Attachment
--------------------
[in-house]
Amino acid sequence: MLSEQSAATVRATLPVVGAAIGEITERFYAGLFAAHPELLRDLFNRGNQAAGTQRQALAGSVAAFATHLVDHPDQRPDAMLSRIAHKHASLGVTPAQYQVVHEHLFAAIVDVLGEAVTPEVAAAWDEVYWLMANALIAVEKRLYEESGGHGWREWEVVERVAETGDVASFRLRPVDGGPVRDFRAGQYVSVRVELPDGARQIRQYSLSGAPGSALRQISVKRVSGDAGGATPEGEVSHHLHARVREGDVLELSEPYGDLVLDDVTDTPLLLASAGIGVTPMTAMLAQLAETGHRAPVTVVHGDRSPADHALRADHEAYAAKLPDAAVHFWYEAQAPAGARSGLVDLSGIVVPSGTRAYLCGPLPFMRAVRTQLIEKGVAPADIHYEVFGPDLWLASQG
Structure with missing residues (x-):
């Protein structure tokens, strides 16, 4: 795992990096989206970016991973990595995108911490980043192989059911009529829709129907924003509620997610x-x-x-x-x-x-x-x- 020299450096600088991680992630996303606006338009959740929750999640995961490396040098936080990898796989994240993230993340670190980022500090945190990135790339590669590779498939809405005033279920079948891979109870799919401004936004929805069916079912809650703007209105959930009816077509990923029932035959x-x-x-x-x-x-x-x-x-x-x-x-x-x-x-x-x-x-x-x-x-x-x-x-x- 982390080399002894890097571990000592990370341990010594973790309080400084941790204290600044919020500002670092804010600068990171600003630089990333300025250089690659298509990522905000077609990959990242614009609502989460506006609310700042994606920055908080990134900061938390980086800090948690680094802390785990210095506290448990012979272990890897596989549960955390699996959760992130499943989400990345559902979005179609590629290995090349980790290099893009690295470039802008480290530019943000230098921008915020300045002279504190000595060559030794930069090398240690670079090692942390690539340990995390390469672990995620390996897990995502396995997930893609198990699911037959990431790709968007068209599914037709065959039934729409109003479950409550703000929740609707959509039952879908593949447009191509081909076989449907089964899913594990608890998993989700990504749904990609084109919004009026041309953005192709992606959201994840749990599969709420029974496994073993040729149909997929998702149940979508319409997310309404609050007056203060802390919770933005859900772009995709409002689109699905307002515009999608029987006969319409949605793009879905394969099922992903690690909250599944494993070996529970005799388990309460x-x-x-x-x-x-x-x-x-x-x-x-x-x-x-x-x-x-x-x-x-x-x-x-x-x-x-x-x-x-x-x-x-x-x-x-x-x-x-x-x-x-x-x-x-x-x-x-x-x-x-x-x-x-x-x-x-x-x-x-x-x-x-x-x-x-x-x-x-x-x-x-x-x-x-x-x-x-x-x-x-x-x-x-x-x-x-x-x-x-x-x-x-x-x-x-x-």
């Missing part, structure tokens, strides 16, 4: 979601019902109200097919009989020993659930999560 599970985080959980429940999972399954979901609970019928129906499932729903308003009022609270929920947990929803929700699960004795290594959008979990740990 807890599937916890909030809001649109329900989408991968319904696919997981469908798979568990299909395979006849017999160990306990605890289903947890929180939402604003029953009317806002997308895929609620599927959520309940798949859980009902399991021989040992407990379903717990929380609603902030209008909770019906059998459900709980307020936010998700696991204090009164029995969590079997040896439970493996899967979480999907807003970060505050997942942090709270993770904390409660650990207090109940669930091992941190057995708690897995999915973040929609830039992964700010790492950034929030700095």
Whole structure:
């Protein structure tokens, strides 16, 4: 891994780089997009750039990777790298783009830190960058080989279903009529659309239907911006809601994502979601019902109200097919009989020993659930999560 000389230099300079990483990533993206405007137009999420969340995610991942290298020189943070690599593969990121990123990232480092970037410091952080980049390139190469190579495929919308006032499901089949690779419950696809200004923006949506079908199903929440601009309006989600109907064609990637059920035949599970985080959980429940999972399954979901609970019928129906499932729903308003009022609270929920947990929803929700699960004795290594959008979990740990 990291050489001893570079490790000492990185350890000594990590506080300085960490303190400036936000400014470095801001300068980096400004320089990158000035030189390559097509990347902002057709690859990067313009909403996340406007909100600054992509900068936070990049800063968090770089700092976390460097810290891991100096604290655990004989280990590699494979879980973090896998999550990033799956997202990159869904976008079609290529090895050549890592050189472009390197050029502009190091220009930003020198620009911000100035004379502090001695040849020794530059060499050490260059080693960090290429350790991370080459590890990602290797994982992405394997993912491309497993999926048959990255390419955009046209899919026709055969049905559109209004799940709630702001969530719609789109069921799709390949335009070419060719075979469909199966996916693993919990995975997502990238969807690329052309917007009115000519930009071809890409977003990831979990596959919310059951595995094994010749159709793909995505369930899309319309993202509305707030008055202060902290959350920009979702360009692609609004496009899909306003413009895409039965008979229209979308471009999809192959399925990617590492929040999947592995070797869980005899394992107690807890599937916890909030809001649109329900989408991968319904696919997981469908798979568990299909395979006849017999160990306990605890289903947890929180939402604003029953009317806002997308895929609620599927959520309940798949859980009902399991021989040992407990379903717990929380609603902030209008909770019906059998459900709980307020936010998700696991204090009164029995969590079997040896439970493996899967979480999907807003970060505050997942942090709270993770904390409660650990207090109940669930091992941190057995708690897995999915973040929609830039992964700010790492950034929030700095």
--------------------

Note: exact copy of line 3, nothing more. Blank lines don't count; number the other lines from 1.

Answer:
Structure with missing residues (x-):